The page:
Analytical and Bioanalytical Chemistry

, Volume 399, Issue 3, pp 1347–1353 | Cite as

Identification of volatile degradation products from Baltic amber by headspace solid-phase microextraction coupled with gas chromatography–mass spectrometry

  • Gianluca PastorelliEmail author
Original Paper


The aim of this study was to test and develop techniques for the detection and identification of volatile compounds released as degradation products by Baltic amber. During a preliminary investigation, the off-gassing of acidic volatiles was detected through the corrosion of lead coupons. The corrosive compounds released by the material were then identified as formic acid and acetic acid by headspace solid-phase microextraction coupled with gas chromatography–mass spectrometry. During an advanced investigation, based on the use of artificial ageing to initiate degradation of model amber samples in different microclimates, the detected formic acid and acetic acid off-gassing appeared to be more intense in a dry environment with normal oxygen concentration. The release of formic and acetic acids by the amber was likely the result of radical reactions which should be investigated in further studies.


Baltic amber Headspace Solid-phase microextraction Gas chromatography–mass spectrometry 



The author is grateful to Jane Richter (School of Conservation, Royal Danish Academy of Fine Arts), Yvonne Shashoua and Jens Glastrup (Research, Analysis and Consulting Laboratory of the Department of Conservation, National Museum of Denmark) for invaluable supervision.

The School of Conservation of the Royal Danish Academy of Fine Arts and the Research, Analysis and Consulting Laboratory of the Department of Conservation, National Museum of Denmark, are thanked for providing all the materials and experimental equipment used for this research.

The European Union’s Marie Curie Programme is thanked for the financial support which made this study possible.


  1. 1.
    Beck CW (1982) Authentication and conservation of amber: conflict of interests. Science and technology in the service of conservation, preprints of the contributions to the IIC Washington congress, 3-9 September, pp 104-107Google Scholar
  2. 2.
    Williams RS, Waddington JB, Fenn J (1990) Collect Forum 2(6):65–75Google Scholar
  3. 3.
    Zivancevic MP, Stojiljkovic D, Brzakovic M (2006) Archaeol Monogr 18:400–419Google Scholar
  4. 4.
    Gough LJ, Mills JS (1972) Nature 239:527–528CrossRefGoogle Scholar
  5. 5.
    Mosini V, Forcellese ML, Nicoletti R (1980) Phytochemistry 19:679–680CrossRefGoogle Scholar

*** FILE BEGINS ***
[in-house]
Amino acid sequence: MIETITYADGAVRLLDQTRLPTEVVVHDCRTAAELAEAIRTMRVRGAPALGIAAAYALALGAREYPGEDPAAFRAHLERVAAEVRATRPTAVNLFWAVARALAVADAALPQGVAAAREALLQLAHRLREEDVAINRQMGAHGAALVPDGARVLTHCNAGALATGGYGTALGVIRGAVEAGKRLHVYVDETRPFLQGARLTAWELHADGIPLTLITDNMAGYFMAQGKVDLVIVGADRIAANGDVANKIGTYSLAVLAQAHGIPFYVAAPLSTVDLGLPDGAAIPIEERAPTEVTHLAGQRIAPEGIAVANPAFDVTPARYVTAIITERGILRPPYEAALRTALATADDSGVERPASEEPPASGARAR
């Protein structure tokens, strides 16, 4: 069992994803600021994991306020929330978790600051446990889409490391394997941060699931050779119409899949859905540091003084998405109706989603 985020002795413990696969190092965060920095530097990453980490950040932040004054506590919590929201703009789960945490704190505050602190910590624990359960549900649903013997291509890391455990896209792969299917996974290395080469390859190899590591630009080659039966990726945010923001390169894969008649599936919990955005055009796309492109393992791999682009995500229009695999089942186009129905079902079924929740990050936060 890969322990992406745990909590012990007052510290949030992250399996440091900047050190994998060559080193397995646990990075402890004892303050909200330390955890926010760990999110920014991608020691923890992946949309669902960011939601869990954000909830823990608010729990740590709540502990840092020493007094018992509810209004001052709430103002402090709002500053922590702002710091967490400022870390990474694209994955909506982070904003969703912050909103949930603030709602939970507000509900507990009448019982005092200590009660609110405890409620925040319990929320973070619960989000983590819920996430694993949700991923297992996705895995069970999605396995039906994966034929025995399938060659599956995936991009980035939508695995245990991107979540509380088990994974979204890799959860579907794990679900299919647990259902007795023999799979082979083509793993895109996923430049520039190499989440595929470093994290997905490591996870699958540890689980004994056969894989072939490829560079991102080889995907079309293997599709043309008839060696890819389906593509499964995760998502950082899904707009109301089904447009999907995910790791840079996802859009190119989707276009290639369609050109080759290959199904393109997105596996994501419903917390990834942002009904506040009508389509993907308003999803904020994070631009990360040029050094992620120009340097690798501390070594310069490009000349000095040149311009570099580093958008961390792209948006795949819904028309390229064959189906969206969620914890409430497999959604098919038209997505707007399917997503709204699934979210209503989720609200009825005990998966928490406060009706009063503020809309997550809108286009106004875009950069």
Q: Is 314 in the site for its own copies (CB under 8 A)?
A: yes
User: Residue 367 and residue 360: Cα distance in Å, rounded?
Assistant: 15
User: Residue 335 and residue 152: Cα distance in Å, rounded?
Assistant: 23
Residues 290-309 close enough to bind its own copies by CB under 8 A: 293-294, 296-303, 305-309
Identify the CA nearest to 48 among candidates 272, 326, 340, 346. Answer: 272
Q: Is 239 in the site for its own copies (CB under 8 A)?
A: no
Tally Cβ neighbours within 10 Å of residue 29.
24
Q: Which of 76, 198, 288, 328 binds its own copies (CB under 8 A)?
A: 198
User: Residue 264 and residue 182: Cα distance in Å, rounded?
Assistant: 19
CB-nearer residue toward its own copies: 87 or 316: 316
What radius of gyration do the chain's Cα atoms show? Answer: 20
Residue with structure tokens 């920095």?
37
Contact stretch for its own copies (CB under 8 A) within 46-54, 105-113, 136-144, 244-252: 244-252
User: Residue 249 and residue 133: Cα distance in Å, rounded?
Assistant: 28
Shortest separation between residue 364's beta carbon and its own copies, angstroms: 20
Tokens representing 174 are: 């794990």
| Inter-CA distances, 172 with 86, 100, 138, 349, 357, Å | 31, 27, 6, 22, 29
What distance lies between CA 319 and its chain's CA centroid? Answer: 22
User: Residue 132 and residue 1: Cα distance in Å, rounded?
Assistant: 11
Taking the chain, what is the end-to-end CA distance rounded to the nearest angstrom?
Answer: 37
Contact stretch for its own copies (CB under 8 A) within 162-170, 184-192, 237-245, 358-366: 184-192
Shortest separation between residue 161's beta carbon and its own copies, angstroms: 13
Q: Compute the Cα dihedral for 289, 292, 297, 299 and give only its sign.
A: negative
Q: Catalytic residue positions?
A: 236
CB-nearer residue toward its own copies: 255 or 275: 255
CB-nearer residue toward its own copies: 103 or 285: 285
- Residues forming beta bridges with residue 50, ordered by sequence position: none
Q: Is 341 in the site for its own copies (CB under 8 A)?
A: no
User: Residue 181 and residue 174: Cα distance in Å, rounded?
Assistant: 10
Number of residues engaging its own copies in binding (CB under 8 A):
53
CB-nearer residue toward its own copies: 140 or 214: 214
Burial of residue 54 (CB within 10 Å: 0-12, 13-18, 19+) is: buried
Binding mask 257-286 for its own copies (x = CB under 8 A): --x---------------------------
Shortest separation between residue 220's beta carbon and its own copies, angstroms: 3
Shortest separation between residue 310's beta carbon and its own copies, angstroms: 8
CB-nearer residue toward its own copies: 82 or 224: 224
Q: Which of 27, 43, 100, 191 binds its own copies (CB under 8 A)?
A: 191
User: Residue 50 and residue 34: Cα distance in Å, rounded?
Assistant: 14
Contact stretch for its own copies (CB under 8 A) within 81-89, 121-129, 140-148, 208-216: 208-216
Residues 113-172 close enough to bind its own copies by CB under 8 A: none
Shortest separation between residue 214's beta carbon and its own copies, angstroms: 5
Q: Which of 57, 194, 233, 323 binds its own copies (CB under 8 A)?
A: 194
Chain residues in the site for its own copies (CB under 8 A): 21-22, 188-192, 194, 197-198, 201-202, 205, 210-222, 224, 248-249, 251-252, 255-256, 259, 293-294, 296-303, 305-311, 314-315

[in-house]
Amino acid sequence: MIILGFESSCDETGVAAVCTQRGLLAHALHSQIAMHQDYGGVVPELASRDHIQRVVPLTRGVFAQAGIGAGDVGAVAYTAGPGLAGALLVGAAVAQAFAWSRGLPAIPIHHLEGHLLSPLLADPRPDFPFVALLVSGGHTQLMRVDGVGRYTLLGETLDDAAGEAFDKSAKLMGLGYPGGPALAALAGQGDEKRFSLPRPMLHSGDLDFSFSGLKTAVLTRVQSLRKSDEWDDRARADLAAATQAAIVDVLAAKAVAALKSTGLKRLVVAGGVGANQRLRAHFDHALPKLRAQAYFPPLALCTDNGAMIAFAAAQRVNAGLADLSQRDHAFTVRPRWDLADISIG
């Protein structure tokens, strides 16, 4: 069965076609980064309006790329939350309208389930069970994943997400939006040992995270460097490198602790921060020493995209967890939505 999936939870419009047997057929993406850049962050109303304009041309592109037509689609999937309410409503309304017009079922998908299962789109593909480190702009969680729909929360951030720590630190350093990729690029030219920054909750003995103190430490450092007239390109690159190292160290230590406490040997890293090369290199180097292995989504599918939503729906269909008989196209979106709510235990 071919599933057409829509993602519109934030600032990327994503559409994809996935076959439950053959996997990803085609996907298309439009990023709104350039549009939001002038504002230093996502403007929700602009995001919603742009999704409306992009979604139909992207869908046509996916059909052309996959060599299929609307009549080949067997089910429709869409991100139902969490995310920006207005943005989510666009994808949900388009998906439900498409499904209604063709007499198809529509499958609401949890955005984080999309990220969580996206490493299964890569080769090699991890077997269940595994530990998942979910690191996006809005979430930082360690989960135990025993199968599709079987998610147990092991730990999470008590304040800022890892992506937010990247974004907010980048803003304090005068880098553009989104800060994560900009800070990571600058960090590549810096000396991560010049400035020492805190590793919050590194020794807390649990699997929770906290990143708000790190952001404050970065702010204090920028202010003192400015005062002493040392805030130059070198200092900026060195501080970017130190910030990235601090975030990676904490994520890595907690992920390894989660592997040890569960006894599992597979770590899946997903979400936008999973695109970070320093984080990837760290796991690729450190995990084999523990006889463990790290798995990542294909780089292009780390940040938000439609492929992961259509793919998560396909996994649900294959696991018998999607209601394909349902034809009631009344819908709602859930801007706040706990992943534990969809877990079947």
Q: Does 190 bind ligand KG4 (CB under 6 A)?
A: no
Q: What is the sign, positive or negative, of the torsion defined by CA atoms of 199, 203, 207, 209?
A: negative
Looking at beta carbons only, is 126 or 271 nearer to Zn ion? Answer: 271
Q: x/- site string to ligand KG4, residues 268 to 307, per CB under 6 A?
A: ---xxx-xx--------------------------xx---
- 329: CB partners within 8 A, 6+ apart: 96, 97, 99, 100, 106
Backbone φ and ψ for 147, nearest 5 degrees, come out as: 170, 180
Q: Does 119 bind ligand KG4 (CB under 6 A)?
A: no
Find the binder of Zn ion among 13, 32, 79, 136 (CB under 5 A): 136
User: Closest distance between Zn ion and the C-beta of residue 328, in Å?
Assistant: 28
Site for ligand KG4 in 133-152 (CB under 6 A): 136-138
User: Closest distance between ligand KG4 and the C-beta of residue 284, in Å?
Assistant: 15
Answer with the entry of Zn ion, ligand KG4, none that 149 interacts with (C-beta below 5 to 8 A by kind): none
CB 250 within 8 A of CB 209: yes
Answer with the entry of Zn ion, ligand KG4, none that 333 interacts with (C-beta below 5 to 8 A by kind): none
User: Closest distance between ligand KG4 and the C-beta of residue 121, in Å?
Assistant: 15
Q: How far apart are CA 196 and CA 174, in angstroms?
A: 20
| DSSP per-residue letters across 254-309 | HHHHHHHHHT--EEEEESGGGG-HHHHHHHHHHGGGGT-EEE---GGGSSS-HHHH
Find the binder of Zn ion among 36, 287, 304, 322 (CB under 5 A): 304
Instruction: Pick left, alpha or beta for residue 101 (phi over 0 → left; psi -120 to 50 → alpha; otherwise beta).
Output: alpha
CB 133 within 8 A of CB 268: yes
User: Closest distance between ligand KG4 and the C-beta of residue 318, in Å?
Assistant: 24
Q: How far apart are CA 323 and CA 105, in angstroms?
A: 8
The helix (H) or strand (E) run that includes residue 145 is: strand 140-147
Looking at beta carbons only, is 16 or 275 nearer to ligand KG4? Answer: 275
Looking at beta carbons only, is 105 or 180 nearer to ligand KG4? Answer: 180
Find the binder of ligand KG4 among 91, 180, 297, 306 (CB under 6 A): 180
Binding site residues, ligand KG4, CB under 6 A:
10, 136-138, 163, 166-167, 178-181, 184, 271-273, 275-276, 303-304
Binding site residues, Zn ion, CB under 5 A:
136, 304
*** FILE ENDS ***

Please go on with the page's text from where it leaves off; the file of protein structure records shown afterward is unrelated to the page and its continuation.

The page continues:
6. 6.
    Mills JS, White R, Gough L (1984) Chem Geol 47:14–39CrossRefGoogle Scholar
  7. 7.
    Anderson KB (1996) In: Anderson KB, Crelling JC (eds) Amber, resinite, and fossil resins. American Chemical Society, Washington, pp 105–129CrossRefGoogle Scholar
  8. 8.
    Villanueva-García M, Martínez-Richa A, Robles J (2005) Arkivoc 2005(vi):449-458.
  9. 9.
    Oddy WA (1973) An unsuspected danger in display. Mus J 73:27–28Google Scholar
  10. 10.
    Oddy WA (1975) The corrosion of metals on display. Conservation in archaeology and the applied arts. International Institute for Conservation of Historic and Artistic Works, LondonGoogle Scholar
  11. 11.
    Galletti GC, Mazzeo R (1993) Rapid Commun Mass Spectrom 7(7):646–650CrossRefGoogle Scholar
  12. 12.
    Heck G (1999) Berl Beitr Archaeom 16:211–240Google Scholar
  13. 13.
    Tonidandel L, Ragazzi E, Traldi P (2009) Rapid Commun Mass Spectrom 3(23):403–408CrossRefGoogle Scholar
  14. 14.
    Arthur CL, Pawliszyn J (1990) Anal Chem 62(19):2145–2148CrossRefGoogle Scholar
  15. 15.
    Zhang Z, Pawliszyn J (1993) Anal Chem 65(14):1843–1852CrossRefGoogle Scholar
  16. 16.
    Ryhl-Svendsen M, Glastrup J (2002) Atmos Environ 36:3909–3916CrossRefGoogle Scholar
  17. 17.
    Urbanski T (1971) Proc R Soc Lond Ser A Math Phys Sci 1562(325):377–381CrossRefGoogle Scholar
  18. 18.
    Odegaard N, Carroll S, Zimmt WS (2000) Material characterization tests for objects of art. Archetype Publications, LondonGoogle Scholar
  19. 19.
    Grattan DW, Gilberg M (1994) Stud Conserv 39:210–214CrossRefGoogle Scholar
  20. 20.
    Shashoua Y, Degn Berthelsen ML, Nielsen OF (2005) J Raman Spectrosc 37:1221–1227CrossRefGoogle Scholar
  21. 21.
    De la Rie ER (1988) Stud Conserv 33:53–70CrossRefGoogle Scholar
  22. 22.
    Scalarone D, Van der Horst J, Boon JJ, Chiantore O (2003) J Mass Spectrom 38:607–617CrossRefGoogle Scholar
  23. 23.
    Dietemann P, Higgitt C, Kälin M, Edelmann MJ, Knochenmuss R, Zenobi R (2009) J Cult Herit 10:30–40CrossRefGoogle Scholar
  24. 24.
    Mills JS (1966) Stud Conserv 11:92–107CrossRefGoogle Scholar
  25. 25.
    Martínez-Richa A, Vera-Graziano R, Rivera A, Joseph-Nathan P (1999) Polymer 2(41):743–750Google Scholar

Copyright information

© Springer-Verlag 2010

Authors and Affiliations

  1. 1.School of ConservationRoyal Danish Academy of Fine ArtsCopenhagen KDenmark
  2. 2.Research, Analysis and Consulting Laboratory of the Department of ConservationNational Museum of DenmarkKongens LyngbyDenmark
  3. 3.The Bartlett School of Graduate Studies - Centre for Sustainable HeritageUniversity College LondonLondonUK

Personalised recommendations